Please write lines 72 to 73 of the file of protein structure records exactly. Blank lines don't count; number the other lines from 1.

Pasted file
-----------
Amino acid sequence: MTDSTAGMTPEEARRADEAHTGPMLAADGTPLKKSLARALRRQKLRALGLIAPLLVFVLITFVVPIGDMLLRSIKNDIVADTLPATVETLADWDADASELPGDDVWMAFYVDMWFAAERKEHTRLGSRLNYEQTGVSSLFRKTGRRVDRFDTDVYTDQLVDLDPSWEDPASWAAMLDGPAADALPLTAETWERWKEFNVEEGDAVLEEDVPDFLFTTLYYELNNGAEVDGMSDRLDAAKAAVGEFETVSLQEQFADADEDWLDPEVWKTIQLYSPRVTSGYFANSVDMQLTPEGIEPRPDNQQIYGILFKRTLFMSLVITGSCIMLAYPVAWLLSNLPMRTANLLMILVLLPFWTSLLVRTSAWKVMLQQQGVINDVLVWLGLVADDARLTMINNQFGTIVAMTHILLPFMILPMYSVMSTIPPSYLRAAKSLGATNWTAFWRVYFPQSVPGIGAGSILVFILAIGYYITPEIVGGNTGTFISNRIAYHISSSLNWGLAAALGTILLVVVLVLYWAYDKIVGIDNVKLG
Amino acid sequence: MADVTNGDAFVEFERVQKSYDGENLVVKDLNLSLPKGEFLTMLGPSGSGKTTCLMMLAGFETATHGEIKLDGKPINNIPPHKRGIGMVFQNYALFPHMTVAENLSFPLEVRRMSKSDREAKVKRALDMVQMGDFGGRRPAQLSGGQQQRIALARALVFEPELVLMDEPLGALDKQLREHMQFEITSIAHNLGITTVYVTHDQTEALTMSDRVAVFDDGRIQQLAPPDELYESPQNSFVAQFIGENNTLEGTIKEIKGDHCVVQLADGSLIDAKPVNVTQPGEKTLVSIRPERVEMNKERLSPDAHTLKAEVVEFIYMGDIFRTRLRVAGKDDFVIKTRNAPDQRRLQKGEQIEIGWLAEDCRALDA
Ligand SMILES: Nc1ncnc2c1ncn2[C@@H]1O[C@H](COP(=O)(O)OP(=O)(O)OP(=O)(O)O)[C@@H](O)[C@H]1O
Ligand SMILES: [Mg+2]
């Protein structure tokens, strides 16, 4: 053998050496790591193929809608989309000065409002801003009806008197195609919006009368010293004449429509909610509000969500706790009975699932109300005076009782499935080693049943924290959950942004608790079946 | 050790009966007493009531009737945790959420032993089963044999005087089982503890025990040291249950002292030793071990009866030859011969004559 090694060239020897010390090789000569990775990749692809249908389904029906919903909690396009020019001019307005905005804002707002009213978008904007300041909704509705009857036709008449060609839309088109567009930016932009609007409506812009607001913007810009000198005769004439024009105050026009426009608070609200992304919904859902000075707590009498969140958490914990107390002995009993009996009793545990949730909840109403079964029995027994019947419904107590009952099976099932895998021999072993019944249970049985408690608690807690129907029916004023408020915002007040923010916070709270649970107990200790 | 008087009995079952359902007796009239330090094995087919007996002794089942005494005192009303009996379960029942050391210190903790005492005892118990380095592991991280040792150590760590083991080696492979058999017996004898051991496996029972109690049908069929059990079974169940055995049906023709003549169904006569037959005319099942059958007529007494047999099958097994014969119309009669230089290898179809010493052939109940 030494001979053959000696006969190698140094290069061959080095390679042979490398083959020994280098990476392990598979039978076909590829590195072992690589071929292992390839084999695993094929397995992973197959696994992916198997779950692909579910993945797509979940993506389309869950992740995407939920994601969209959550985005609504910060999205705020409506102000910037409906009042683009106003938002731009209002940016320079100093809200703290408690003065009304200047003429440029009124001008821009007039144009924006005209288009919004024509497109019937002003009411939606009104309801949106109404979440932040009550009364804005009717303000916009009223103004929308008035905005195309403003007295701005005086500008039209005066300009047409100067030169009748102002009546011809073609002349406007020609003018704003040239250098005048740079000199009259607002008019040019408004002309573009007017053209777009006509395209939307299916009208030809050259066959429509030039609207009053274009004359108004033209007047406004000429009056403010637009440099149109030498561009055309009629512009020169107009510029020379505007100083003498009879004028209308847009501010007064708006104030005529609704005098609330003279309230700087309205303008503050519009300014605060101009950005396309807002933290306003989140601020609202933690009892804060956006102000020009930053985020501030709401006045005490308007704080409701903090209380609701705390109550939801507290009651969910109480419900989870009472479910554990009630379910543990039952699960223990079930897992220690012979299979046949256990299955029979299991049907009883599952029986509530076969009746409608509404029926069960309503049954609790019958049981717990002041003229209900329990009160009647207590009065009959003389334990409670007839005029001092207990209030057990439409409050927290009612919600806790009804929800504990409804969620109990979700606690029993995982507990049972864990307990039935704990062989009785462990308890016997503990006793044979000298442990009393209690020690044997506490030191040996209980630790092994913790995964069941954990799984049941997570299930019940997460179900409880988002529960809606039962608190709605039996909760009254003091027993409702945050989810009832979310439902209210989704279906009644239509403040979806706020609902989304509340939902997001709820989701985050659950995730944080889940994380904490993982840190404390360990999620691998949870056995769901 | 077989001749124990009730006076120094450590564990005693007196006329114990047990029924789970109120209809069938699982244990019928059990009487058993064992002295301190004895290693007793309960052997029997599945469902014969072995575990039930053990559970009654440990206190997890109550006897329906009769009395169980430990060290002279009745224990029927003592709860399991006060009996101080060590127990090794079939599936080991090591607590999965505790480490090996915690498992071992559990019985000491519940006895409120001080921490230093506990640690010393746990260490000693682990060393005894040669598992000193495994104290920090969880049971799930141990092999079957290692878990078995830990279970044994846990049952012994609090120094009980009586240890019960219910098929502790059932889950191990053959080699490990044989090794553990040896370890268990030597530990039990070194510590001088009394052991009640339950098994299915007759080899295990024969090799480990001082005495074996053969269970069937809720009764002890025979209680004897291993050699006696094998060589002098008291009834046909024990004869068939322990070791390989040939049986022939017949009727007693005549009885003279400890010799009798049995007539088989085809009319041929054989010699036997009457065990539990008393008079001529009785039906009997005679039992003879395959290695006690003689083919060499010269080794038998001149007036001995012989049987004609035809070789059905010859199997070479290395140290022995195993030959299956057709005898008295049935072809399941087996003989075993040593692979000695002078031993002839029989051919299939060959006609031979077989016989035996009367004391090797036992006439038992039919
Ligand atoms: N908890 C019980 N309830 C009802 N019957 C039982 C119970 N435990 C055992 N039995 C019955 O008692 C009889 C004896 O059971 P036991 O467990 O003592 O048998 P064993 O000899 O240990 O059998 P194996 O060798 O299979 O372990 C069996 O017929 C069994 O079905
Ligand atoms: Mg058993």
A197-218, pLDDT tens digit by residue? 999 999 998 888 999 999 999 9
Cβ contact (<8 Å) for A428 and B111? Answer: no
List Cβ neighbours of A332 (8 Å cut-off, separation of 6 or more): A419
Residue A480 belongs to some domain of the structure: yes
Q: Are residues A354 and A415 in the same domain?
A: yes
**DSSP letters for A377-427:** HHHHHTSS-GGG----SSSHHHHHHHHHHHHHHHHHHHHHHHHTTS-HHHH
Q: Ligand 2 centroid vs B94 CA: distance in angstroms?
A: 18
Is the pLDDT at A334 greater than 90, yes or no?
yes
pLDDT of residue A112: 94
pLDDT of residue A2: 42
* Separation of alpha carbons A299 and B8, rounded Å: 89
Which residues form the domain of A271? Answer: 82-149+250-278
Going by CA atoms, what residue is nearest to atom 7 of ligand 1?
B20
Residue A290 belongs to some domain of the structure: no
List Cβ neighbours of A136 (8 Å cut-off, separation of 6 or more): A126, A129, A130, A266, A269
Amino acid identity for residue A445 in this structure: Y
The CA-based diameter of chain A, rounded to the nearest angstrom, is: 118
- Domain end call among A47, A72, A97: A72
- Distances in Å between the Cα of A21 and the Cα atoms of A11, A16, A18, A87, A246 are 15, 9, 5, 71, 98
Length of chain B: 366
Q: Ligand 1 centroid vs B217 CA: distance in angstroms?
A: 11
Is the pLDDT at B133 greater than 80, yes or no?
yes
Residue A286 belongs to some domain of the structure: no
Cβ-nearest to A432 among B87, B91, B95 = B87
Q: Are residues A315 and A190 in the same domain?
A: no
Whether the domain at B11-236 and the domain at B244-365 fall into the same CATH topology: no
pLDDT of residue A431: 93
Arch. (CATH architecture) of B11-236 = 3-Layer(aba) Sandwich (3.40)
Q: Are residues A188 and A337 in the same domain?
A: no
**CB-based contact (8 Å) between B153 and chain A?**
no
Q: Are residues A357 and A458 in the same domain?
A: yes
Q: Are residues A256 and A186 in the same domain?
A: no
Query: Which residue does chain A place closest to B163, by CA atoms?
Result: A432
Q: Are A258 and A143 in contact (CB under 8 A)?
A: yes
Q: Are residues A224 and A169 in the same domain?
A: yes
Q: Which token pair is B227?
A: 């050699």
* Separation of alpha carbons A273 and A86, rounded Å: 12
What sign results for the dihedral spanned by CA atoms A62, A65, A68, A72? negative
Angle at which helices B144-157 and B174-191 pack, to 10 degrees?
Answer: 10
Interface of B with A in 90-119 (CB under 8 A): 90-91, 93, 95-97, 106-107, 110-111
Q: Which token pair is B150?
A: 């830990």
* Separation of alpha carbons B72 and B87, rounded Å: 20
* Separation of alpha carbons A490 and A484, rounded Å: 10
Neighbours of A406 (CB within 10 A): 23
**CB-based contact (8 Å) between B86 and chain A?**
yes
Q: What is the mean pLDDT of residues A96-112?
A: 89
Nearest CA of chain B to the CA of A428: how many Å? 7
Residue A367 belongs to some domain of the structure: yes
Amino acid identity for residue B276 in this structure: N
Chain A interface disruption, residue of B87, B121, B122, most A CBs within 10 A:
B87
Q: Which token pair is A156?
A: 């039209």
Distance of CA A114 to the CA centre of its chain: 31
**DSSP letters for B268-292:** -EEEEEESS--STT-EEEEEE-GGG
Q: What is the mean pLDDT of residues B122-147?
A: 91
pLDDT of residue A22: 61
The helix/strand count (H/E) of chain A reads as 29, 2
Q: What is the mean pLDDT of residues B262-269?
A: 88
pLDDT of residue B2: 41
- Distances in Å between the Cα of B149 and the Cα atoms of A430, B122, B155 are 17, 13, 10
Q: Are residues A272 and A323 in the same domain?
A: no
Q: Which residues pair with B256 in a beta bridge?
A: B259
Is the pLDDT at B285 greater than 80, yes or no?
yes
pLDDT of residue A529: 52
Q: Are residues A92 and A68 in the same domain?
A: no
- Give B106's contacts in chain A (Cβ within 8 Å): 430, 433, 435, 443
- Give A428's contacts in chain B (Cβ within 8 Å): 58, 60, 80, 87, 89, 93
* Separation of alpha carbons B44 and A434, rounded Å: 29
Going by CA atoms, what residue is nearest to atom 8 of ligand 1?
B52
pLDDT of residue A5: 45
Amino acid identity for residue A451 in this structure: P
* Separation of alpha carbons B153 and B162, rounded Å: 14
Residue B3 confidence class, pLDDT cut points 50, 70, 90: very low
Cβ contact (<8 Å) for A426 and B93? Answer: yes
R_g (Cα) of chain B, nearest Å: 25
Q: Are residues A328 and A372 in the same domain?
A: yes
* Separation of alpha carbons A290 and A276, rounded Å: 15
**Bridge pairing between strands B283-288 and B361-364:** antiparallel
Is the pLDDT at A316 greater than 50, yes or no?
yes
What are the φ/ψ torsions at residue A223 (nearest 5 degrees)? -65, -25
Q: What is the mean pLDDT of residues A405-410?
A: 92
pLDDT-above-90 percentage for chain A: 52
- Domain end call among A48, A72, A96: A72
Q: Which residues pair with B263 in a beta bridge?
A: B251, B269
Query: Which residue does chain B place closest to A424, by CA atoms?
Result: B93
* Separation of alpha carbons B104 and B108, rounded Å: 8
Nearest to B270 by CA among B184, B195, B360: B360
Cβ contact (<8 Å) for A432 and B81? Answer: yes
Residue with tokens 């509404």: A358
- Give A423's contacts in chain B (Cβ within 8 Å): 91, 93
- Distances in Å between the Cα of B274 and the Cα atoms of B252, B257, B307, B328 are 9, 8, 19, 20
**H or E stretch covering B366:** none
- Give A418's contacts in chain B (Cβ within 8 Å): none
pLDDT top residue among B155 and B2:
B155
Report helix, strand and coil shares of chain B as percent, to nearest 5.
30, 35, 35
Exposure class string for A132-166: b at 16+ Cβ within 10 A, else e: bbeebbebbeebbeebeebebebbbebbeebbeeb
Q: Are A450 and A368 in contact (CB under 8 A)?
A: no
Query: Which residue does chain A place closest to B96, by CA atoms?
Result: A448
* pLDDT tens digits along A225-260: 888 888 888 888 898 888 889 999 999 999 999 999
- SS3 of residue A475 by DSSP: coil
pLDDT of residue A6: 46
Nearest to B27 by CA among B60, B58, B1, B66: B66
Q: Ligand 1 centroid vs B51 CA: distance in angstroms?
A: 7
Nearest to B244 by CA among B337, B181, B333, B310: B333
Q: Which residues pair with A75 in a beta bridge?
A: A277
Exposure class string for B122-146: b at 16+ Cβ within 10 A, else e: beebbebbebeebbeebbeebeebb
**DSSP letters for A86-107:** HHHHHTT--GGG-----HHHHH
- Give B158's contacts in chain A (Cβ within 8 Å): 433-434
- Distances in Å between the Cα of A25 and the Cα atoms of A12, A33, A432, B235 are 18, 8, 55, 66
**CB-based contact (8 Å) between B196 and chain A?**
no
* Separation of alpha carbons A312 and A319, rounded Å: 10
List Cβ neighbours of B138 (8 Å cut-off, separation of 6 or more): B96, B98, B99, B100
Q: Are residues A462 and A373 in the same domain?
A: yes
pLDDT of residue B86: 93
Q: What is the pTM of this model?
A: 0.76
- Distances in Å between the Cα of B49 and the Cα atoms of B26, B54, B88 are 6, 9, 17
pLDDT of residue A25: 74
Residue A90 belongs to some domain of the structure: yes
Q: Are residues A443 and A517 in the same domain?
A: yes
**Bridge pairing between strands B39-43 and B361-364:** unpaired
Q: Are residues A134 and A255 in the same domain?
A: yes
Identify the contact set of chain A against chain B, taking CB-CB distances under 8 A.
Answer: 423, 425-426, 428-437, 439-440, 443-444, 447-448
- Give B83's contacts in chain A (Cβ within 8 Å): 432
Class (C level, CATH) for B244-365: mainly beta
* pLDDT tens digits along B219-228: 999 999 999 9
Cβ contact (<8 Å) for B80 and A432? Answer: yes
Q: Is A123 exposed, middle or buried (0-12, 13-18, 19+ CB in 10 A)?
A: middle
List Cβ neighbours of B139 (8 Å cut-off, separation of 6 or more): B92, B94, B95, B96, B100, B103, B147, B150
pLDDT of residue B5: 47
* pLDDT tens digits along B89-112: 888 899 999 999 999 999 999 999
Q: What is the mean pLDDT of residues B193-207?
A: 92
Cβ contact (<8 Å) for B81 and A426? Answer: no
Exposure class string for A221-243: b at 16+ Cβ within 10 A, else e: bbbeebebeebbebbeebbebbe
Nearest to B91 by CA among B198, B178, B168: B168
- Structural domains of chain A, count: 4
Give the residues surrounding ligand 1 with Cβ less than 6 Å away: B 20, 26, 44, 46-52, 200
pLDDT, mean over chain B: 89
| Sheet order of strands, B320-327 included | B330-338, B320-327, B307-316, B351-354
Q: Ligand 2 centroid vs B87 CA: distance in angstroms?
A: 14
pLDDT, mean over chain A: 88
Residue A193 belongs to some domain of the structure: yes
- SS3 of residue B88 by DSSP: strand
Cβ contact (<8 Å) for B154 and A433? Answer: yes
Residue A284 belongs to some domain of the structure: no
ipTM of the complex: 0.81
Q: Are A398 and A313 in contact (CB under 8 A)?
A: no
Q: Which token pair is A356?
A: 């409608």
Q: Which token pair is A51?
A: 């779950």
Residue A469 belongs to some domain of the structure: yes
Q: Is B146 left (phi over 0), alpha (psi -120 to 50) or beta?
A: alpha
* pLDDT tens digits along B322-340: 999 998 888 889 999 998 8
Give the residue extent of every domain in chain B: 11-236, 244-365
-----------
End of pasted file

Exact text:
A: 89
Nearest CA of chain B to the CA of A428: how many Å? 7